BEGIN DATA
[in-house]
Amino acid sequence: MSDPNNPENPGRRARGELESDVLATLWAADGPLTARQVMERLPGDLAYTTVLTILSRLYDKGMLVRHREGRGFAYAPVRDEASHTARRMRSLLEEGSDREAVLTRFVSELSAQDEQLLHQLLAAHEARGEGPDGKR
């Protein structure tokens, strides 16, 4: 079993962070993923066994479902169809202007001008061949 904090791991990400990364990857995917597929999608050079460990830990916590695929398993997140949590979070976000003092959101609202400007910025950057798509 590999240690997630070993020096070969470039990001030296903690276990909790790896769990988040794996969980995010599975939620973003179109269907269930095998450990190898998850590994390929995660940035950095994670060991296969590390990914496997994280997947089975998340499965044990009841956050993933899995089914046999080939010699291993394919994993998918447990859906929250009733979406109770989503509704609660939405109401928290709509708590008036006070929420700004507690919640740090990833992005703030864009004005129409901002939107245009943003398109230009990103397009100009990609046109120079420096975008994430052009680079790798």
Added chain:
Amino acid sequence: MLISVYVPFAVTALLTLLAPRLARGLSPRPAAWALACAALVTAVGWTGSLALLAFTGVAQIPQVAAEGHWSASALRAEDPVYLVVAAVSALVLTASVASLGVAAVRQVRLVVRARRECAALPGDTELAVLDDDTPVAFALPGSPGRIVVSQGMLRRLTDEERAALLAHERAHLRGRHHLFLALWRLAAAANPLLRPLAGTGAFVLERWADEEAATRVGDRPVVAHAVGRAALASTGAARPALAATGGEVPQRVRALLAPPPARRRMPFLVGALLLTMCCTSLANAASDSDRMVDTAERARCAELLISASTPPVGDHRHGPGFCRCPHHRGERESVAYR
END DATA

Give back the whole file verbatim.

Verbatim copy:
[in-house]
Amino acid sequence: MSDPNNPENPGRRARGELESDVLATLWAADGPLTARQVMERLPGDLAYTTVLTILSRLYDKGMLVRHREGRGFAYAPVRDEASHTARRMRSLLEEGSDREAVLTRFVSELSAQDEQLLHQLLAAHEARGEGPDGKR
């Protein structure tokens, strides 16, 4: 079993962070993923066994479902169809202007001008061949 904090791991990400990364990857995917597929999608050079460990830990916590695929398993997140949590979070976000003092959101609202400007910025950057798509 590999240690997630070993020096070969470039990001030296903690276990909790790896769990988040794996969980995010599975939620973003179109269907269930095998450990190898998850590994390929995660940035950095994670060991296969590390990914496997994280997947089975998340499965044990009841956050993933899995089914046999080939010699291993394919994993998918447990859906929250009733979406109770989503509704609660939405109401928290709509708590008036006070929420700004507690919640740090990833992005703030864009004005129409901002939107245009943003398109230009990103397009100009990609046109120079420096975008994430052009680079790798």
Added chain:
Amino acid sequence: MLISVYVPFAVTALLTLLAPRLARGLSPRPAAWALACAALVTAVGWTGSLALLAFTGVAQIPQVAAEGHWSASALRAEDPVYLVVAAVSALVLTASVASLGVAAVRQVRLVVRARRECAALPGDTELAVLDDDTPVAFALPGSPGRIVVSQGMLRRLTDEERAALLAHERAHLRGRHHLFLALWRLAAAANPLLRPLAGTGAFVLERWADEEAATRVGDRPVVAHAVGRAALASTGAARPALAATGGEVPQRVRALLAPPPARRRMPFLVGALLLTMCCTSLANAASDSDRMVDTAERARCAELLISASTPPVGDHRHGPGFCRCPHHRGERESVAYR